I discuss the broader history of “Why has service innovation in programmable communications been difficult for carriers?” in this article

Network equipment vendors are the right partners for network innovation with carriers, however, after several decades its clear for programmable communications, they are not the right partners. They walked away from their standardized Parlay gateways while Twilio, Syniverse, Vonage, MITTO, RingCentral, Telesign etc. built the programmable communications / aggregation business.”

I’m not saying, ‘go back to the drawing board.’ Rather recognise today’s and yesterday’s realities and focus where business is being made, rather than on technology-led wishful thinking. Meta made a miss step with the metaverse that cost it $700B in valuation. Big company’s make mistakes, just like small companies. Size and brand provide no protection.

Where’s Microsoft?

This was a fun article, where a question is asked, and the answer is known but not said. Working Group Two (WG2) is a company that spun out of Norway’s Telenor in 2017 to build a cloud-native mobile core that can be purchased by mobile operators.

Here are some of WG2’s TADSummit presentations from over the years:

To date, WG2 has sold its mobile core to a few operators. Telenor uses it for its Vimla MVNO brand. The Hutchinson Group, which owns 11 MVNOs around the world, uses WG2’s technology. Recently the Hawaiian MVNO Mobi announced that it was using WG2 for its core network.

Asked who WG2’s competitors are, Erlend Prestgard said it’s the proprietary vendors such as Ericsson and Nokia along with younger vendors such as Mavenir.

In 2020 Microsoft bought Affirmed Networks, a company that did mobile core technology. And that same year it also bought Metaswitch, a company with an IMS stack as well as mobile core technology. I covered Microsoft’s plan in CXTech Week 3 2021, sell more Azure cloud.

Erlend said, “Microsoft would be our strongest competitor. And in theory it seems like they’re there. But we’re not seeing them in the market.”

Fierce Wireless reached out to Microsoft asking for a comment about what it’s doing with the Affirmed and Metaswitch technologies. Shawn Hakl, VP of Azure for Operators at Microsoft, sent this statement: “Microsoft products including Azure private multi-access edge compute (MEC), Azure Private 5G Core, Azure Operator 5G Core, and Azure Communications Gateway all foundationally leverage the technologies from our Metaswitch and Affirmed acquisitions, but are Microsoft first-party offerings scaled with Azure capabilities such as DevOps, security, analytics, and automation.”

Microsoft is selling Azure Cloud, they are chasing cloud infrastructure services spend. For the full-year 2022, it grew 29% to US$247.1 billion, up from US$191.7 billion in 2021, source Canalys. WG2’s open source adjunct core with a focus on service innovation is simply too small a market for Microsoft to care about. Microsoft knows carriers talk about service innovation, but spend on their network. Erlend knows this too 😉

YouMail: 78% of survey respondents were targeted by brand impersonation scams

Brand impersonation scams are on the rise according to research by YouMail. Brand impersonation schemes involve malicious actors deploying robocalls or text messages to impersonate a prominent company to scam the receiver into giving away personal data, account credentials, payments and more. The study found that scammers most frequently pose as financial institutions and package delivery companies.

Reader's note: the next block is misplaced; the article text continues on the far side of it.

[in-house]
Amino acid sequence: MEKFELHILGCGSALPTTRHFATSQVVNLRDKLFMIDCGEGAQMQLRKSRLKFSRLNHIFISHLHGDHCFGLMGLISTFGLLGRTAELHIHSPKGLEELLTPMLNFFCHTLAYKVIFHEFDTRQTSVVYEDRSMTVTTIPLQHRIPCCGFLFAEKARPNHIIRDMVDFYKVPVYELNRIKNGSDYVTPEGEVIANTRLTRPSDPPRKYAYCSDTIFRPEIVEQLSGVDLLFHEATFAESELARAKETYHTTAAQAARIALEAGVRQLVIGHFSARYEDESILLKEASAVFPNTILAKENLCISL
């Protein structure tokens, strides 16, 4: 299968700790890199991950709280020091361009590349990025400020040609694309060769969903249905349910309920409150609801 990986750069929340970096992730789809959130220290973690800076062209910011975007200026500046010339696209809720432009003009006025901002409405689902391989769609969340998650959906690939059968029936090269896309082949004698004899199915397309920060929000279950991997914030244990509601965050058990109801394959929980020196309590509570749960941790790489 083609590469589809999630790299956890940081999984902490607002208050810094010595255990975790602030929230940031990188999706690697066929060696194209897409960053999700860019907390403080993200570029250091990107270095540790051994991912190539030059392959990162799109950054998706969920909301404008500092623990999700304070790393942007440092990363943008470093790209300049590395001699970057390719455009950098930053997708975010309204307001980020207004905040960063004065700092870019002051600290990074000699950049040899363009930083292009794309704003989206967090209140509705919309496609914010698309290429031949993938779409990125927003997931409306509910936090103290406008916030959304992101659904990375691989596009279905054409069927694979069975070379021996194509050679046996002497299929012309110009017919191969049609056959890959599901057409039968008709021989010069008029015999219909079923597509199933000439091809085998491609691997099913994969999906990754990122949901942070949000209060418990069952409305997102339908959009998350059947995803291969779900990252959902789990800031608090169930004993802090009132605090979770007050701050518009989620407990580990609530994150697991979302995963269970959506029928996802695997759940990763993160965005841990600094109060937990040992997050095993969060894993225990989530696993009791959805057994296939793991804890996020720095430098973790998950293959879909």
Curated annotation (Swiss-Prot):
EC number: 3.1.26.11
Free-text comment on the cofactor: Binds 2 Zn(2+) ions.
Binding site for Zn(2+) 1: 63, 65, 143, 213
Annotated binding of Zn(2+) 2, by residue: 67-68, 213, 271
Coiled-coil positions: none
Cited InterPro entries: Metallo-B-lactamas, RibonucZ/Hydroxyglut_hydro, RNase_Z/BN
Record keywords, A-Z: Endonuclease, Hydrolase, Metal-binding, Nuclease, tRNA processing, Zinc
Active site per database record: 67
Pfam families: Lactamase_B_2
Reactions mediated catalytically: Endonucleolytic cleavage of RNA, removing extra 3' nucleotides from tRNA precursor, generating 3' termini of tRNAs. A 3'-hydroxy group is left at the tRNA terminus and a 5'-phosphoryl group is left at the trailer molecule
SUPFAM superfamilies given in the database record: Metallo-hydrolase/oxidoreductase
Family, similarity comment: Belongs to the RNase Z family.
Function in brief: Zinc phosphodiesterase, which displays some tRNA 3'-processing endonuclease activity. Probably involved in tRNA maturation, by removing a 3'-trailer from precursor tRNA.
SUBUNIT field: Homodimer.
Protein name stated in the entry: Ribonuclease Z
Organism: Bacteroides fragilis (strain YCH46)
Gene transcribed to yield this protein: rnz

More than three out of four of survey respondents (78%) said they have been the target of brand impersonation scams. This translates to well over 200 million people in the U.S. who have been targeted. The most common scams were financial services (51%), package delivery companies (49%), e-commerce sites and online stores (45%) and hospitality services (21%). 

The brands I experience being impersonated (voicemails left from robocalls) are healthcare, telco, and cableco.

Agenda for TADSummit 19/20 Oct, Paris

TADSummit is the thought-leadership event in programmable communications for ten years. It runs on the 19th and 20th of October in Paris, France. We’ll be at Capgemini’s 5G Labs, Quai du Président Roosevelt 92130 Issy-les-Moulineaux.

The audience includes CxOs from many of the programmable communication companies, open source leaders, and telecom operators. It’s a strategic and technology event. Many of TADSummit’s sponsors go on to be acquired.

TADSummit remains the only place to get a no-BS (it’s in our policies) understanding of what’s working across technology, services, and go to market; and where things are going in programmable communications.

People, Gossip, and Frivolous Stuff

Maria Farooq is now Sr. DevOps Engineer at 1NCE. Joining Despina Ypsilanti, Henrique Rose, Fernando Mendioroz, and Jaime Casero.

Hugh Goldstein has joined WebTrit, as its first CEO.  WebTrit is a software startup, developed by a talented team of innovators in Ukraine. I’ve known Hugh since his time in Voxbone.

Elayne Schulz id now Senior Manager, Program Management at Publicis Sapient. We first met when she was running marketing at BlueVia over a decade ago.

James Winter has joined Telescope Partners as their Head of Marketing. I’ve known James since his time at Nexmo.

 Ingrid Ovaa-Jaspers is now Service Manager Service Point at the Ministry of Defence. 

Brian Partridge is now Head of TMT Research at S&P Global.

Klaas Desot is now Sales Director at Backlight Streaming.

Normally it’s Twilio that’s advertising online in games, now Sangoma’s copying them.